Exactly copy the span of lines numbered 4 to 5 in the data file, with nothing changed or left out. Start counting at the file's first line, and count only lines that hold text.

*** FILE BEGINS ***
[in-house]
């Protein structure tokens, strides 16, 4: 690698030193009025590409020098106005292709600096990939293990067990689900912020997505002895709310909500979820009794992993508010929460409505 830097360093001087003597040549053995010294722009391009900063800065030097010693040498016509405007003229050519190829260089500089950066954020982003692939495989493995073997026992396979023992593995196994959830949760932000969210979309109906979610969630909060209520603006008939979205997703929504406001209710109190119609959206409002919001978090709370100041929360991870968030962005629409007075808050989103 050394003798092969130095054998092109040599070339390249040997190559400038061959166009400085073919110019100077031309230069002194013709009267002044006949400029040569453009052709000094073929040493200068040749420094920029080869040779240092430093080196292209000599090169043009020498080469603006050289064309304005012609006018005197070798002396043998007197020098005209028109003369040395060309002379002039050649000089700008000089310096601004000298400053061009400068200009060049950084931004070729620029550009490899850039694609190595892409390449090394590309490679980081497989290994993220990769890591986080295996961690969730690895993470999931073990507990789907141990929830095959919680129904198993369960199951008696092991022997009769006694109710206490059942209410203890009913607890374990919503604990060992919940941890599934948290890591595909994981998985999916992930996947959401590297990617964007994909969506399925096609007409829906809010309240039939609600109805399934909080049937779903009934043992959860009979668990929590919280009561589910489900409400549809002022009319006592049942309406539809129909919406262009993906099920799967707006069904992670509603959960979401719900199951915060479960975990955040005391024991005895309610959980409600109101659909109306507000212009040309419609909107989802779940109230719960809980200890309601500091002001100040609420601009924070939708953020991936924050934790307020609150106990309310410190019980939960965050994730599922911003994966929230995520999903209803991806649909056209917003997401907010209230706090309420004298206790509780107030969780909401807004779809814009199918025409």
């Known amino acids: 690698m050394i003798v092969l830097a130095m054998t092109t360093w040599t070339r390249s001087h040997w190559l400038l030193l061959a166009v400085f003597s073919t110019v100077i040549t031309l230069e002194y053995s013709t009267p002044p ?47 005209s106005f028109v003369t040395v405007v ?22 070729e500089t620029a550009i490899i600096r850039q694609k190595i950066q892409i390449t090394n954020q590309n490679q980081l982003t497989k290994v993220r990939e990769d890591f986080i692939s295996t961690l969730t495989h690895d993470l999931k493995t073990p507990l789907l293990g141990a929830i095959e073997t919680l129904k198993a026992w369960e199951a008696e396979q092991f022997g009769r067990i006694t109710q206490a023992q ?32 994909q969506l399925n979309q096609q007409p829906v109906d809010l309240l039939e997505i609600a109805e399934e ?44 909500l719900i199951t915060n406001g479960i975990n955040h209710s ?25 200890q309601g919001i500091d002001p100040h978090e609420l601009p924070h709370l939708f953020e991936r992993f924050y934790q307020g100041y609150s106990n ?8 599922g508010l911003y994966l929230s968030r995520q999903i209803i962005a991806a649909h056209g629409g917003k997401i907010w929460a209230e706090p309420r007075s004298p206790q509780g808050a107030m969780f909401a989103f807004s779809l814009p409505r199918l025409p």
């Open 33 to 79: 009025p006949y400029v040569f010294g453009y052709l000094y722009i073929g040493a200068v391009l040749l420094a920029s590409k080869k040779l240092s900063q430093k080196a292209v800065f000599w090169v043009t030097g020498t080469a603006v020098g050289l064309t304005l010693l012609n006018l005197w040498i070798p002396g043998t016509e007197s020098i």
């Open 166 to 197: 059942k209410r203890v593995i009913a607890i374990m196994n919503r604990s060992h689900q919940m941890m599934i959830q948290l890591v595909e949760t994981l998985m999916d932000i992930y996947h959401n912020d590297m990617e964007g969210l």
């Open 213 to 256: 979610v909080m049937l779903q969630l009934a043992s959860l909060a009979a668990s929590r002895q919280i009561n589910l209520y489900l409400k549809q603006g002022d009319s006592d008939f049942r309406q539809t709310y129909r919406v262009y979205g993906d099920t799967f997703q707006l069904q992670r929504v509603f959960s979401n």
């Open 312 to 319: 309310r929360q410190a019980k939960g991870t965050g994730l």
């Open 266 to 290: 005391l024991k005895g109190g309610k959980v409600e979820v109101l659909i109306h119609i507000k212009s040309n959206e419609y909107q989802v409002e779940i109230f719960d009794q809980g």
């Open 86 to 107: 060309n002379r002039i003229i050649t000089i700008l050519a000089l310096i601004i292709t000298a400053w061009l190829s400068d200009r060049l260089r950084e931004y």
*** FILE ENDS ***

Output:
């Open 33 to 79: 009025p006949y400029v040569f010294g453009y052709l000094y722009i073929g040493a200068v391009l040749l420094a920029s590409k080869k040779l240092s900063q430093k080196a292209v800065f000599w090169v043009t030097g020498t080469a603006v020098g050289l064309t304005l010693l012609n006018l005197w040498i070798p002396g043998t016509e007197s020098i």
């Open 166 to 197: 059942k209410r203890v593995i009913a607890i374990m196994n919503r604990s060992h689900q919940m941890m599934i959830q948290l890591v595909e949760t994981l998985m999916d932000i992930y996947h959401n912020d590297m990617e964007g969210l």